Database Connection With PDO

Learn how to connect a PHP script to MySQL, using the PDO extension.

We'll cover the following

PDO (PHP Data Objects) is an extension that enables connection to any SQL database.

Let’s see how we can use this extension.

At the root our project, we’ll create a new file and call it install.php. Inside the file, we’ll create a new PDO() and store it under the $connection variable.

$connection = new PDO(params);

The parameters required for this process are:

  • DSN (data source name) that defines database type, host name, database name (optional)
  • The DSN (data source name), which defines the database type, host name, and database name (optional)
  • Username
  • Password
  • Additional options, such as encoding and error

Let’s see this in practice:

<?php
// install.php
$connection = new PDO("mysql:host=localhost", "user", "user",
  array(
      PDO::ATTR_ERRMODE => PDO::ERRMODE_EXCEPTION
  ););

We can organize our code by putting all the database information into variables:

<?php
// install.php
$connection = new PDO("mysql:host=$host", $username, $password, $options);

Let’s put these variables into a new file. We will call this file config.php:

<?php

$host       = "localhost";
$username   = "user";
$password   = "user";
$dbname     = "tracker";
$dsn        = "mysql:host=$host;dbname=$dbname"; 
$options    = array(
                PDO::ATTR_ERRMODE => PDO::ERRMODE_EXCEPTION
              );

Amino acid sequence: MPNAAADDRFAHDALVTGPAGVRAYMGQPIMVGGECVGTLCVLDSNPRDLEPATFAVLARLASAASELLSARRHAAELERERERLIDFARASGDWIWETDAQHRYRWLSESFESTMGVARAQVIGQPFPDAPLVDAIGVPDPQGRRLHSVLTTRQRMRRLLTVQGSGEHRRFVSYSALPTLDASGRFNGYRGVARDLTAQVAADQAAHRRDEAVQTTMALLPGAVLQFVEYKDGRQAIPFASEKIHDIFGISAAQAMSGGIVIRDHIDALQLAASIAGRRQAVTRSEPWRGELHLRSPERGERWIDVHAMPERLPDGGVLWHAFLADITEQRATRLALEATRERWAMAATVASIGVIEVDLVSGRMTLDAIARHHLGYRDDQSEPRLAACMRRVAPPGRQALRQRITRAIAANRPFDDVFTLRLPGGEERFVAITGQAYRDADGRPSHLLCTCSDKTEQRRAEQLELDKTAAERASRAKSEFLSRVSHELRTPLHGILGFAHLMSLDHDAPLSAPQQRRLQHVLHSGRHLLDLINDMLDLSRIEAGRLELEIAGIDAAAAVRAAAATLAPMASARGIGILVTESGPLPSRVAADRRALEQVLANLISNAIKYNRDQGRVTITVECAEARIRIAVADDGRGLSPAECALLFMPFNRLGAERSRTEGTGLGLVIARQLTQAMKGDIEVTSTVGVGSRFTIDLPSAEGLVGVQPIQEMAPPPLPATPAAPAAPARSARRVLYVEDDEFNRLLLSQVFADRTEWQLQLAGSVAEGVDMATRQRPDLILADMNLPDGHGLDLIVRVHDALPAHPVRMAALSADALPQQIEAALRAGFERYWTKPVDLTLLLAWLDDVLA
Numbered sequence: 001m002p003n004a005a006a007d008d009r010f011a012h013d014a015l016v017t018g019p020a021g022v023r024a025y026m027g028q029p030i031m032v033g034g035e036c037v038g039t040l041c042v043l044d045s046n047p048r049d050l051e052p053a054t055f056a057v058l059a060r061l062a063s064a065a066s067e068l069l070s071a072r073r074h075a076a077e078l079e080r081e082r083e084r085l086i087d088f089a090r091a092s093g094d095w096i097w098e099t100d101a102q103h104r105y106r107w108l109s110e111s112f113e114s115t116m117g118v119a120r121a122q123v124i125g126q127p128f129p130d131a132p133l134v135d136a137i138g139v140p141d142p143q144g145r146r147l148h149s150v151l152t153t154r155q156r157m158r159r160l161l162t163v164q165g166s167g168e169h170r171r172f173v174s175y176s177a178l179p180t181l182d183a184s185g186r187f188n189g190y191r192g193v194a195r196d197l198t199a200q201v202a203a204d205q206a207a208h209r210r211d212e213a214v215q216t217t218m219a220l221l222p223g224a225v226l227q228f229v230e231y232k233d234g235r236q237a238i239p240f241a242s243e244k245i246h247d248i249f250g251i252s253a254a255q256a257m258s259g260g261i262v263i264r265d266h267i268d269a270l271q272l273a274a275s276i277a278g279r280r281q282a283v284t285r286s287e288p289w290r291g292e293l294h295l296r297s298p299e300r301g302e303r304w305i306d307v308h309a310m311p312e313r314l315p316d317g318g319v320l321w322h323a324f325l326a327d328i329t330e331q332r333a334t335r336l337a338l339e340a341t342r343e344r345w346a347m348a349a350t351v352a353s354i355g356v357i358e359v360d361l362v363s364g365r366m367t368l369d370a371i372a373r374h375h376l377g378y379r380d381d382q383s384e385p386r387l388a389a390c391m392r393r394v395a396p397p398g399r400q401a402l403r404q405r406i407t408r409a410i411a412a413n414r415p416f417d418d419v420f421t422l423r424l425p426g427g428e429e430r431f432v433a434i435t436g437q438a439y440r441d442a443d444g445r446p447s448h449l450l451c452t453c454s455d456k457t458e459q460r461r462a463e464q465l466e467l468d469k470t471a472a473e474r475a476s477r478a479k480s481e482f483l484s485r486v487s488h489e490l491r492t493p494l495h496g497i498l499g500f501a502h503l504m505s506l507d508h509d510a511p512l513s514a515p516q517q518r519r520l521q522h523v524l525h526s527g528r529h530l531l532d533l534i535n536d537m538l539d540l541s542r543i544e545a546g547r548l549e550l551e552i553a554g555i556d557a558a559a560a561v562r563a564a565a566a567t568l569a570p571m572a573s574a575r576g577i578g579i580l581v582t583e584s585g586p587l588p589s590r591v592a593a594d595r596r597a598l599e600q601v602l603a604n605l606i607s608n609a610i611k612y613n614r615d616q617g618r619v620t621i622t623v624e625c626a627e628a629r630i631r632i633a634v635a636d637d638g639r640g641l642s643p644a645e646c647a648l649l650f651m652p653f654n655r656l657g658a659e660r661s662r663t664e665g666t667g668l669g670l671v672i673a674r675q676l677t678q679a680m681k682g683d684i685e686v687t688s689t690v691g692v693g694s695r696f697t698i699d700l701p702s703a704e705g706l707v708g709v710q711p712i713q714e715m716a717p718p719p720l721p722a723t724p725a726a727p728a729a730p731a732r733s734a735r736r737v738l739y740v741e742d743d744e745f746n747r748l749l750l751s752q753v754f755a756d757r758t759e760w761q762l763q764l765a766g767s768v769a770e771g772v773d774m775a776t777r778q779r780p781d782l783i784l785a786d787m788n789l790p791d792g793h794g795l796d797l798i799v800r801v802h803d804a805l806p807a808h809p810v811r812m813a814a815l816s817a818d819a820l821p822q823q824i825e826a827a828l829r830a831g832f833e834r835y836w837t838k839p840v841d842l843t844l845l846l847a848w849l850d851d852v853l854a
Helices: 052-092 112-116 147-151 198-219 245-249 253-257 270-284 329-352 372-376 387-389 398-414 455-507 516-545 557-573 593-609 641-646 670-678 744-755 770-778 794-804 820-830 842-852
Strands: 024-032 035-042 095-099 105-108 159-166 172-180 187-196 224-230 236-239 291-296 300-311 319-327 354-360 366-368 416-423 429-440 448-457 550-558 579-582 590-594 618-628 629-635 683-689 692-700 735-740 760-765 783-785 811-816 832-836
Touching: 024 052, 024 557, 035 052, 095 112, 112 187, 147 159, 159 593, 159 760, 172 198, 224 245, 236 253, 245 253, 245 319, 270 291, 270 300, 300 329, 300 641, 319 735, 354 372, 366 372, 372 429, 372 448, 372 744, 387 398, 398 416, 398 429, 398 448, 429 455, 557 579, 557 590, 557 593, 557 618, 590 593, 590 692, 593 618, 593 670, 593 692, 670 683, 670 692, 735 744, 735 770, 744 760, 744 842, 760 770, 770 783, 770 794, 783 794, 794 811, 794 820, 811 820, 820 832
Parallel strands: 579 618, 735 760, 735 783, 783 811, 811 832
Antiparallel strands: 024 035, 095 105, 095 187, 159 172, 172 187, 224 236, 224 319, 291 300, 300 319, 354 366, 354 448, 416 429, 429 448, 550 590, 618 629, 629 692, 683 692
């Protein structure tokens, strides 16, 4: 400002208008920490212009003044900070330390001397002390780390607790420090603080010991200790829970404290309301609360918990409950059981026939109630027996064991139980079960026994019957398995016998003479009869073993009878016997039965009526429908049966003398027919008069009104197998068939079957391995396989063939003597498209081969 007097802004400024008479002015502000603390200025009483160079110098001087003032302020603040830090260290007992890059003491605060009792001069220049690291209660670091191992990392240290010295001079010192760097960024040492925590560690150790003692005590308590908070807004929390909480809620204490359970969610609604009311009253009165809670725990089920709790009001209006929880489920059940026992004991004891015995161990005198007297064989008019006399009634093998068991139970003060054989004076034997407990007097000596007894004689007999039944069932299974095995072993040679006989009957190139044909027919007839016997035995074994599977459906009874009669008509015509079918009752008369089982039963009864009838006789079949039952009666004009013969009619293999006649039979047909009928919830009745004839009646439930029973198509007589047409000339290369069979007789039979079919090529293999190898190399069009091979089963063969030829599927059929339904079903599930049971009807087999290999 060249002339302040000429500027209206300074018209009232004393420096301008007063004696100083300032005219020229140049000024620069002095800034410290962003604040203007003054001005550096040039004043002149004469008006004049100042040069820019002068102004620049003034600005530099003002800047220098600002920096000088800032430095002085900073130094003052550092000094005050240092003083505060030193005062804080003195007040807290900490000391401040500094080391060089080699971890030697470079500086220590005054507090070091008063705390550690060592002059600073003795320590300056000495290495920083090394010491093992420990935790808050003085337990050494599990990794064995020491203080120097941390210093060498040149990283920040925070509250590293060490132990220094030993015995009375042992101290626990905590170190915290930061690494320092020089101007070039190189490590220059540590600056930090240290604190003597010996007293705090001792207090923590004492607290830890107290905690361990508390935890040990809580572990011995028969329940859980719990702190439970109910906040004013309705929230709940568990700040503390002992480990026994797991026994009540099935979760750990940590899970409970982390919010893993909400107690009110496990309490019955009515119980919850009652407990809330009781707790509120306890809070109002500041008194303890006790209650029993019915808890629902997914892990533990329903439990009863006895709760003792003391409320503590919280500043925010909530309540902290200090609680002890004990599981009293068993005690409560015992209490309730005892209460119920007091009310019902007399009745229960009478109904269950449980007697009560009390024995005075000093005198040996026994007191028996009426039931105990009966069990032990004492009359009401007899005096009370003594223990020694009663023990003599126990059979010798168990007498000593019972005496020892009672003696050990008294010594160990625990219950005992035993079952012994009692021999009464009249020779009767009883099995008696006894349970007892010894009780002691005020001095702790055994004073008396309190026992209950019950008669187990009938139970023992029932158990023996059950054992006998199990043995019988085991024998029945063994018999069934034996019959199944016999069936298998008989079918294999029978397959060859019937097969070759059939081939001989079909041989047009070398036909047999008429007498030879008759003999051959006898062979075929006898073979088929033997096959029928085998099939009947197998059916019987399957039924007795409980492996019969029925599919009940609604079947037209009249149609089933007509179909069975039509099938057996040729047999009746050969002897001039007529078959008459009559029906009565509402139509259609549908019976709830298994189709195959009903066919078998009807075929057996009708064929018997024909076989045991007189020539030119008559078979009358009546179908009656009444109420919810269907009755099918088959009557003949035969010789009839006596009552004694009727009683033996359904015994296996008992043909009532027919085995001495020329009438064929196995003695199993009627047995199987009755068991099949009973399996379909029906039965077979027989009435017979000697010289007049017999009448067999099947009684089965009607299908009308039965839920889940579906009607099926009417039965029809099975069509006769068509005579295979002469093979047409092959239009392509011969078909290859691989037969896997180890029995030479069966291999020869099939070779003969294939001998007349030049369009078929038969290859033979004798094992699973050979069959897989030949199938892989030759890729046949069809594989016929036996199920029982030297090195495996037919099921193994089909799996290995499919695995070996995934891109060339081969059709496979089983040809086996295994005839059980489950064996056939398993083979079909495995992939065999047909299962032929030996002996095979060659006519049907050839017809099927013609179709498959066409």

Be aware:
We must ensure that the information we use in the config.php file is the same as that defined in database.sql.
In case there are connection issues, we can change the localhost to 127.0.0.1.

Now, our install.php file will look like this:

<?php
// install.php
require "config.php";

$connection = new PDO("mysql:host=$host", $username, $password, $options);

Let’s use the content of our SQL code. We’ll place the content of each .sql file into a variable, using the file_get_contents() function, and execute each file with the exec() function:

// order of files matters

    $sql_db = file_get_contents("data/database.sql");
    $sql_structure = file_get_contents("data/structure.sql");
    $sql_content = file_get_contents("data/content.sql");

    $connection->exec($sql_db);
    $connection->exec($sql_structure);
    $connection->exec($sql_content);

We’ll also use the try/catch block to handle errors and exceptions:

try {
// code to execute
} catch() {
// exception
}

After putting everything together, our install.php file should look like this:

<?php
require "config.php";

try {
    $connection = new PDO("mysql:host=$host", $username, $password, $options);

    $sql_db = file_get_contents("data/database.sql");
    $sql_structure = file_get_contents("data/structure.sql");
    $sql_content = file_get_contents("data/content.sql");

    $connection->exec($sql_db);
    $connection->exec($sql_structure);
    $connection->exec($sql_content);

    echo "<p>Database created and populated successfully. <br><a href='./'>Home</a></p>";
} catch (PDOException $error) {
    echo $sql . "<br>" . $error->getMessage();
}

Run the installer

Congratulations! We’ve successfully created an installer. Now, it’s time for us to test it.

Click the “Run” button below and use the provided link to call the installation script.

Note: If everything works fine, we’ll see a message that will tell us that the database was created and populated successfully.

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